• To me, what made the Fleischer (primarily the BETTY BOOP) cartoons stand out is the ways in which hot jazz was used throughout any given series. I think that is possibly why I can hear early swing jazz arrangements and think of visual chaos. It wasn’t only the Fleischer Studio that used such music in this way, but they were the best at it, with images speeding up or flipping around dizzily on the screen, without missing a beat. MGM tried with the BOSKO series, and some early Warner Brothers cartoons, before and after Hugh and Rudy, but the Fleischers topped them all. The use of jazz in older cartoons is part of the reason why I like even the most nonsensical cartoon of the 1930’s, especially the first half of the decade. You would also hear tunes like “Frat” around sports antics in cartoons. Thre is a FLIP THE FROG cartoon that also has a tune similar to “Frat” playing as the band welcomes the sports participants into the stadium.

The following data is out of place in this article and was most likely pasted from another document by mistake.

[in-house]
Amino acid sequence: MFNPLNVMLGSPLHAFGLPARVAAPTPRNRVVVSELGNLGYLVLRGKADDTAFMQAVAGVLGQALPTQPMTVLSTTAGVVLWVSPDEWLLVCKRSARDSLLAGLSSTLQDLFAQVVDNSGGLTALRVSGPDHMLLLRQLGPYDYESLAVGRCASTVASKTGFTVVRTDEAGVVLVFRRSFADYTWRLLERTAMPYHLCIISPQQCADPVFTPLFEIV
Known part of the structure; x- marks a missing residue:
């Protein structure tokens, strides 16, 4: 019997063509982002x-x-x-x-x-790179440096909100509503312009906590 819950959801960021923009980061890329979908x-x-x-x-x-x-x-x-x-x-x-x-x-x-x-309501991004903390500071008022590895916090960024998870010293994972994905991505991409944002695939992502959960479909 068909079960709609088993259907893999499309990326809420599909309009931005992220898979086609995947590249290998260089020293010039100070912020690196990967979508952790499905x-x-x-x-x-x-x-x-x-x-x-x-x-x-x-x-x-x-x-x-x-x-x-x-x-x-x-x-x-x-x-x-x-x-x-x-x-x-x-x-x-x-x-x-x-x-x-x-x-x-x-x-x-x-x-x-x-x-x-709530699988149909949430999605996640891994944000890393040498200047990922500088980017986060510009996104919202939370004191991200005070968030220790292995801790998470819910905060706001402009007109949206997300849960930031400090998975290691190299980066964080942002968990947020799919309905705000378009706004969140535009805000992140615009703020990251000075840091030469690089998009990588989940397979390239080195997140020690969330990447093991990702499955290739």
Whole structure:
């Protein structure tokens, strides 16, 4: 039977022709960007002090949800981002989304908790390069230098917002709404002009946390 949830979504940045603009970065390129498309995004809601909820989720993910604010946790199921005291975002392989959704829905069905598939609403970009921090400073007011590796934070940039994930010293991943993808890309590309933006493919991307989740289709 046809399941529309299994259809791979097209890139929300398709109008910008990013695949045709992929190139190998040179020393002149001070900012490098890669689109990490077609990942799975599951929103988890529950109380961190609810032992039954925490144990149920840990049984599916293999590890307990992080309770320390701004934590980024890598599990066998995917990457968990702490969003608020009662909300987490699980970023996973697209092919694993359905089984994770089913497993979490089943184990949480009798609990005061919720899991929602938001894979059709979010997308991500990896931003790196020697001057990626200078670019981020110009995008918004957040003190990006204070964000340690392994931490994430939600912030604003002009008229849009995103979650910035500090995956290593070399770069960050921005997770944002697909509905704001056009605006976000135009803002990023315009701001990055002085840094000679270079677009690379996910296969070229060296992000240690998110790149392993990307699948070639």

• Re the Fleischers’ distinctive use of music, I think that may have been a factor of their being based in Manhattan with ready access to Tin Pan Alley song-pluggers, Broadway shows, and all those jazz clubs featuring the top talent of the day.

    I showed “Betty Boop’s Penthouse” at a science fiction convention a couple of years ago and got a great reaction. People said it was like a precursor of “The Big Bang Theory:” Two science nerds perving over the the sexy girl across the way.

  • Certainly looks like the monster’s dance at the end is rotoscoped.

  • Daniel Goldmark’s hunt through Warners cartoon cue sheets shows “Frat” used 37 times, first by Norman Spencer in “Along Flirtation Walk.”

  • Wasn’t “Frat” used in “Duck Amuck” (“Oh brother! I’m a buzz boy!”)?

    • Nic: No, that song was “Captain of the Clouds”.